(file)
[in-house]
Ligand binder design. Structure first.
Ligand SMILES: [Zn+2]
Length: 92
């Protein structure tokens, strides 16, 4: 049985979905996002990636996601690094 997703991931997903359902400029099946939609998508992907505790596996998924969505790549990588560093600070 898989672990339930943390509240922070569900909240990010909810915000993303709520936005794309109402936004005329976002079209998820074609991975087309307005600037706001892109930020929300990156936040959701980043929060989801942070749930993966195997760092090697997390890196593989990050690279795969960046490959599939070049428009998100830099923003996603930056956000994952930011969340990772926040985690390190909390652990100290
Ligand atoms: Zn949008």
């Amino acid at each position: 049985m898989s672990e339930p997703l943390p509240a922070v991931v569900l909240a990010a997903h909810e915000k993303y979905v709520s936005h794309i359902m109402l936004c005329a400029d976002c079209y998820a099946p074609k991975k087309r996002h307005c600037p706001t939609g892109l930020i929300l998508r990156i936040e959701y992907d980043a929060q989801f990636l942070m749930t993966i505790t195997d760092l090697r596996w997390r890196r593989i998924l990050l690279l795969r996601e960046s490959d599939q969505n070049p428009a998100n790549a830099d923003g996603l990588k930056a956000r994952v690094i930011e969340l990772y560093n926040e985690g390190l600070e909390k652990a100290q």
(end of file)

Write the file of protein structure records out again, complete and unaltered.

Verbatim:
[in-house]
Ligand binder design. Structure first.
Ligand SMILES: [Zn+2]
Length: 92
């Protein structure tokens, strides 16, 4: 049985979905996002990636996601690094 997703991931997903359902400029099946939609998508992907505790596996998924969505790549990588560093600070 898989672990339930943390509240922070569900909240990010909810915000993303709520936005794309109402936004005329976002079209998820074609991975087309307005600037706001892109930020929300990156936040959701980043929060989801942070749930993966195997760092090697997390890196593989990050690279795969960046490959599939070049428009998100830099923003996603930056956000994952930011969340990772926040985690390190909390652990100290
Ligand atoms: Zn949008």
């Amino acid at each position: 049985m898989s672990e339930p997703l943390p509240a922070v991931v569900l909240a990010a997903h909810e915000k993303y979905v709520s936005h794309i359902m109402l936004c005329a400029d976002c079209y998820a099946p074609k991975k087309r996002h307005c600037p706001t939609g892109l930020i929300l998508r990156i936040e959701y992907d980043a929060q989801f990636l942070m749930t993966i505790t195997d760092l090697r596996w997390r890196r593989i998924l990050l690279l795969r996601e960046s490959d599939q969505n070049p428009a998100n790549a830099d923003g996603l990588k930056a956000r994952v690094i930011e969340l990772y560093n926040e985690g390190l600070e909390k652990a100290q």